Unfortunately, it wasn't that simple. Matt Rafferty was walking, talking trouble, definitely not the type a decent young woman approached without some measure of trepidation. Nevertheless, the man couldn't be allowed to go around humiliating young girls and breaking their hearts. At the very least, he deserved to be taken to task. Because her fourteen-year-old sister Molly was his latest victim, Rachel felt that it was her job to do just that. Hence, the plan she'd concocted with Dora Faye's assistance.

As surefooted as a prospector's mule, Rafferty stepped off the boardwalk to cross the street. Watching him come toward her, Rachel felt her mouth go dry. This was it. Going down the list of dos and don'ts Dora Faye had given her, she stepped out from the shadow of the general store. "Well, hello, Mr. Rafferty!" she called, trying for a flirtatious twitter. "What a pleasant surprise!"

Evidently taken off guard, he broke stride and came to a slow stop. Without her eyeglasses, Rachel knew she tended to look a bit owlish, so she tried not to open her eyes too wide. As she closed the distance between them, his blurry edges took on better definition. No doubt about it, the man was bigger than she cared to admit.

"Rachel Constantine? Rachel Constantine, the marshal's daughter?"

Giving a throaty laugh, just as Dora Faye had taught her, she said, "How many Rachel Constantines do you think there are in Shady Comers, a baker's dozen?"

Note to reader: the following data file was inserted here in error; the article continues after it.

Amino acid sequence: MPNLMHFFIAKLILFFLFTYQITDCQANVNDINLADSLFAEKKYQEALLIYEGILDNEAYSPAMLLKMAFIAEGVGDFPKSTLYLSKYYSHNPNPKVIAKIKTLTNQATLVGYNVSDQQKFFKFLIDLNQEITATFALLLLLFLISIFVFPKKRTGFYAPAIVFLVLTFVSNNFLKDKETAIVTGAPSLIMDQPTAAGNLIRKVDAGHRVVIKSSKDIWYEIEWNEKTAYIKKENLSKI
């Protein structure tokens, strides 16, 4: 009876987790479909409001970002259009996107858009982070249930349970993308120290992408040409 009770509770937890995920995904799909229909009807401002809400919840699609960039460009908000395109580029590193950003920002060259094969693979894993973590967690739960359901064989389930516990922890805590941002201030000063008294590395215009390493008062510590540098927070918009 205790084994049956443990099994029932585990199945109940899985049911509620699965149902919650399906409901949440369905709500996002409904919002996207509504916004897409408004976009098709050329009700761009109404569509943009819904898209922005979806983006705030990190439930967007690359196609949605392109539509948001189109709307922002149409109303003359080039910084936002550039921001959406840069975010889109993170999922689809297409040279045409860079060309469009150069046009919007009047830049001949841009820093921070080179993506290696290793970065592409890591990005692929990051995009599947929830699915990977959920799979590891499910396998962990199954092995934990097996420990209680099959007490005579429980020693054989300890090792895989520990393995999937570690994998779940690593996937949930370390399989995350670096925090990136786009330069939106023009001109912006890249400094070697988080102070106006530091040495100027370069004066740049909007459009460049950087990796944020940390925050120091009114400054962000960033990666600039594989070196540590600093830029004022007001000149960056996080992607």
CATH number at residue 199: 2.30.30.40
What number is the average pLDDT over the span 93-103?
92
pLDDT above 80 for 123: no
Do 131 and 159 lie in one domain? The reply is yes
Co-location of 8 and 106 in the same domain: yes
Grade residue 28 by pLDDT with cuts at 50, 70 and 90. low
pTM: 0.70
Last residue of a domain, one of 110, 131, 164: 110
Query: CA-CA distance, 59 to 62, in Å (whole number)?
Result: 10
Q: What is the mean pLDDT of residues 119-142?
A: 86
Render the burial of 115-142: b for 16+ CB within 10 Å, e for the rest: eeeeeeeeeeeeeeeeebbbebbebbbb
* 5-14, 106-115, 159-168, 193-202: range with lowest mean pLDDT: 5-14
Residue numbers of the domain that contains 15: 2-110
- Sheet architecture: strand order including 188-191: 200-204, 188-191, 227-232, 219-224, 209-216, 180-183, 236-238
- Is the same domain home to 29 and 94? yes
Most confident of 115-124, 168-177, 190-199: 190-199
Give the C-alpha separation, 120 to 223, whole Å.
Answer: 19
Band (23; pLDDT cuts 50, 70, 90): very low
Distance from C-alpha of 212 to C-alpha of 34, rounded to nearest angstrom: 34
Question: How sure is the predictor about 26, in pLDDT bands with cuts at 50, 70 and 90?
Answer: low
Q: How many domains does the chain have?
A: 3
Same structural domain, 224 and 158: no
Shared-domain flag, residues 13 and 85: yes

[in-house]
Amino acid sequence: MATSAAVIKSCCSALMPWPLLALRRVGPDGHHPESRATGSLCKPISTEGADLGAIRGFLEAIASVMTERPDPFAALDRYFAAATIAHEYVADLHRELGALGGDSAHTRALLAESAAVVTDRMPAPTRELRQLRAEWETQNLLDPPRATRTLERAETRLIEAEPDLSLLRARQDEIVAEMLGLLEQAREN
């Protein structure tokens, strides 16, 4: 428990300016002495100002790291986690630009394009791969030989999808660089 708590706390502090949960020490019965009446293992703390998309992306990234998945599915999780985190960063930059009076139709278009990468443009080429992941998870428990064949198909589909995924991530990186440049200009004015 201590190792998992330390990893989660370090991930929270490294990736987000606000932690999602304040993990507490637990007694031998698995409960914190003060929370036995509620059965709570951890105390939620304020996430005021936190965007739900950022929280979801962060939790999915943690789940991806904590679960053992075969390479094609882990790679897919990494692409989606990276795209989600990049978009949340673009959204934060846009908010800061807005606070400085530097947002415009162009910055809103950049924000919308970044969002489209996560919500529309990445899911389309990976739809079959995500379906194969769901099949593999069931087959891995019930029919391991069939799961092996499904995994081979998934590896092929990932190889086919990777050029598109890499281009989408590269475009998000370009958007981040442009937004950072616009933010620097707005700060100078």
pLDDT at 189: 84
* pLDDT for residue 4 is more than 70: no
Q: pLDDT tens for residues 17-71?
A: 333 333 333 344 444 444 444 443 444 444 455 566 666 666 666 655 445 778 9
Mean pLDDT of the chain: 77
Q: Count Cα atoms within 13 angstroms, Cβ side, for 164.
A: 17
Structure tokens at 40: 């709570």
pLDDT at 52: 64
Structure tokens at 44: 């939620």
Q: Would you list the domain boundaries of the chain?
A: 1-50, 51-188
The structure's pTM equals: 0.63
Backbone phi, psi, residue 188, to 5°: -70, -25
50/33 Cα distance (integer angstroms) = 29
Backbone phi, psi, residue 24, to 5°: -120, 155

He seemed baffled by the question. Clearly, his thought processes were muddled, a sign the valerian Dora Faye had put in his whiskey was taking effect.

She drew up a few feet shy of him and struck a -seductive pose. It was hard to remember all that Dora Faye had taught her-how to move, stand, and smile.

"Trust me, sir," she informed him in a twittery little voice, "there is only one Rachel Constantine, My pa says that after me, they broke the mold."

She immediately wanted to call back the words. Irresistible temptresses did not talk about their fathers. Even she knew that.

Though the eight Rafferty brothers had been living in thearea for nearly a year now, her eyesight was such that she'd never gotten close enough to get a good look at any of them. It seemed to her that tongues had been buzzing forever about how handsome they all were. She was absolutely dying to see what all the fuss was about.

Not that she was personally interested. Goodness, no. She had her eye on Lawson Wells, the minister's son. Tall, painfully thin, and nearly as blind as she, he was about as far from handsome as a body could get. Consequently, he was sweet and thoughtful and caring, all the things Matt Rafferty obviously wasn't, no doubt because he was so handsome he felt he had no need to be. A pox on handsome men: that was Rachel's motto.

Even so., she was curious. At the risk of appearing myopic, she leaned closer so she could see his face more clearly and judge his looks for herself. No question about it, he was handsome. A bit older looking than expected, but she imagined working outdoors and drinking heavily would make anyone look older than he actually was.

Even shaded by his hat, his smoky blue eyes glistened in the moonlight like raindrops shot through with lightning. Thick waves of ebony hair fell lazily across his forehead, and whether it was a trick of light or an actual cast to his skin, he looked to be deeply tanned. Oh, yes, he was handsome, but not in the usual way. There was something about him, a lethal edge, that made her wary. Dangerous. Matt Rafferty wasn't merely dreamy, as rumor painted him, but dangerous. Little wonder poor Molly had come away lacerated and heartsick.